The Island of
Near the port.
September 21, 2007

This morning I flew into the island of Djerba. I admit to ‘cheating’ a bit by taking a flight. But in my defense, I’m not in Tunisia
very long and I don’t want to waste a lot of time figuring out all of the transportation logistics. There are a couple things I’m
interested in seeing down here in the southern part of the country and…wait…why am I justifying this? So what if I wanted to
fly. It was a quick, easy and very pleasant way to get here.

I am staying in Hamat Souk – as the only other area with hotels on this island is the ‘Zone Touristique’. I have come to learn
that this term means ‘people on package holidays’.

This island sticks with the common theme of whitewashed buildings that I saw in Tunis. I have never been to Santorini but
from pictures I have seen, it almost feels like it has been dropped and spread out all over Djerba.

I wandered around the souk and came face-to-face with huge amounts of tour buses dropping the masses off (I’m assuming all
of these people were coming from the Zone Touristique). After I got my souk fill, I headed off to see the much-praised
Synagogue in the middle of the island. Next time I will have to time this better and not on the day that the most religious
Jewish holiday falls on. Why? Because the Synagogue was closed.
Crap. I decided since I was already in a taxi, I might as well
check out this ‘Zone Touristique’ that I had read about. After all, it wouldn’t hurt to see a beach.

From eyeing some postcards, I saw that camel rides on this beach were a possibility. Score! I inquired at the resort I stopped
at and was told to be in the reception area at 6:00pm. I had about four hours to kill. This was when I became a fraud Sofitel
guest. At least I would have something to atone for once the sun went down, right? Part of the time was spent on the beach
and the rest of the time was spent swimming in the pool and dozing off on one of the pool chairs. This isn’t to say that I ‘fit in’
there. While everybody was carrying their tote bags with their necessities, I came equipped with my small backpack.

And then came time for the camel ride. Moving along the turquoise water sure had a different feeling than when I was in the
presence of only sand dunes in Morocco. I guess it was like riding a horse along the beach without the fear that the horse was
going to gallop and move faster than I feel comfortable with. No fears with a camel doing something like that.

I came back to Houmet Souk and learned something: the center becomes a ghost town around 7:30pm during Ramadan. There
wasn’t a soul anywhere to be seen. Not one. A bit weird. A bit eerie. But also a bit cool. Like I had the entire center to myself.
While I listened to the never-ending prayer call, I managed to find one restaurant that was open a bit out of the center. By the
time I headed back to my hotel, life had continued and people were out drinking their bottles of water (something they are all
too excited to do after a day in the absence of such a thing), smoking their cigarettes and sheesha and playing card games.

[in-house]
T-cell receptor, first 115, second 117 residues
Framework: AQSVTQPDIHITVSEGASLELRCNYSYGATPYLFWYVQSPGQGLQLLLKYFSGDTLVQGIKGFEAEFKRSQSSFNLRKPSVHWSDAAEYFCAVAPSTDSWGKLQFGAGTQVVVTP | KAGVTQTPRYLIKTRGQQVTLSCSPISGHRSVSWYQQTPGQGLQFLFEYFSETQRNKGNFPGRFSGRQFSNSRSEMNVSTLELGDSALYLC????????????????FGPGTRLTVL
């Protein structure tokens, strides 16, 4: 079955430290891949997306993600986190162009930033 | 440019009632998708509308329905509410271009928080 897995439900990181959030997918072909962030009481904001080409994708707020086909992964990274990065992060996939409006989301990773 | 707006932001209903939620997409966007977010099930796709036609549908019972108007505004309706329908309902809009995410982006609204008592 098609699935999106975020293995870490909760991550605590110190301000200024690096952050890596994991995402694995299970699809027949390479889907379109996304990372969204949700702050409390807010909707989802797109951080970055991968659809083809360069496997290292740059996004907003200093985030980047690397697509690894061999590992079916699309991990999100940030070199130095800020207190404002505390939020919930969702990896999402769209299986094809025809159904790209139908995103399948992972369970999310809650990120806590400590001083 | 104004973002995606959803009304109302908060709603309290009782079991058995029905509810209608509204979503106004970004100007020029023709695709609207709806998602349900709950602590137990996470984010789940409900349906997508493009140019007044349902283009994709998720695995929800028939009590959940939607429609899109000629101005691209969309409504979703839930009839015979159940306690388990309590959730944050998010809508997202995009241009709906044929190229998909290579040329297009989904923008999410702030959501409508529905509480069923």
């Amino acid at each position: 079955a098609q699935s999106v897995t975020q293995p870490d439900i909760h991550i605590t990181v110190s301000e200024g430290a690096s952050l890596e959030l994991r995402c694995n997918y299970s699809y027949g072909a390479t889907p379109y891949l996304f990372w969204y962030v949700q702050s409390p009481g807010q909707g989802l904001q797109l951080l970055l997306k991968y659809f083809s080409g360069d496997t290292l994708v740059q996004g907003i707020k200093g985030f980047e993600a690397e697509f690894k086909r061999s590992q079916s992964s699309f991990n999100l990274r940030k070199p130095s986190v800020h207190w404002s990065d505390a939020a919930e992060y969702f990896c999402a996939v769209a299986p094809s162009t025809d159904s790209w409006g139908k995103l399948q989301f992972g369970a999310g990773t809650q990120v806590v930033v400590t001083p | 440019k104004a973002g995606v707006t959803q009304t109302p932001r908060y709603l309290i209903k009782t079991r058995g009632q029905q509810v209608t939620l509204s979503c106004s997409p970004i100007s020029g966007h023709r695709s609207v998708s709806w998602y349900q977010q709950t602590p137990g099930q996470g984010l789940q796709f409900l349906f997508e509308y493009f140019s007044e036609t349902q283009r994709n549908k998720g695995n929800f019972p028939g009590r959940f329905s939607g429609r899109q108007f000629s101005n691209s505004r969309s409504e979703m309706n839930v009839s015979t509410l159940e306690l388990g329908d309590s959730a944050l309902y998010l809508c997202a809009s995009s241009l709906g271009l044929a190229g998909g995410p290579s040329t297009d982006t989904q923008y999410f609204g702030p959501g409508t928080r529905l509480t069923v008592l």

Oh. I should mention that I made it through yet another day sticking with fasting from food. It sure isn’t that hard when there
isn’t one café open and the food options at the Sofitel were as much as my hotel is costing me.

Now with it being Yom Kippur it is only right that I fast for this holiday while atoning for all of my sins of the past year (and,
yes, there are quite a few that I have thought of). Sooo…it won’t be until around this time tomorrow when I eat my next meal.
Probably best not to think of it…

September 22, 2007

I learned something tonight during the prayer call while somewhat communicating with a Tunisian man.

Let me flashback to last night when a bomb-like sound went off. I knew it wasn’t a bomb but it sure sounded like one. I knew it
wasn’t something to be concerned about but it was impossible to miss it.

Now back to tonight. I’m talking to the man and all of a sudden the same bomb-like noise occurred. At that very moment he let
out a sigh of relief and lit up a cigarette. Turns out this happens every night during Ramadan to let people know when they can
officially stop fasting. The guys out here don’t seem to care less about the eating part. It’s the ‘not smoking’ part that is the
biggest challenge. He also asked me if he could have some of my water. Us Westerners aren’t used to complete strangers
asking for such a thing. But he just went a day without water. I wasn’t going to turn down his request. I was actually just going
to let him keep it…but then I saw that people out here have developed quite the skill of not actually drinking the water from
the bottle – they rest their hand near their chin and then pour the water so that it is within a couple inches of their mouths.
And every single drop went into his mouth. There is
no way I could ever do such a thing so gracefully.

This also concluded my fast for the day. Did I break the fast with dinner? Of course not. I broke it with a piece of cake from the
Then it was time to grab some dinner…
Back to Tunisia.
In the center of Houmet Souk.
Some more of the whitewashed buildings.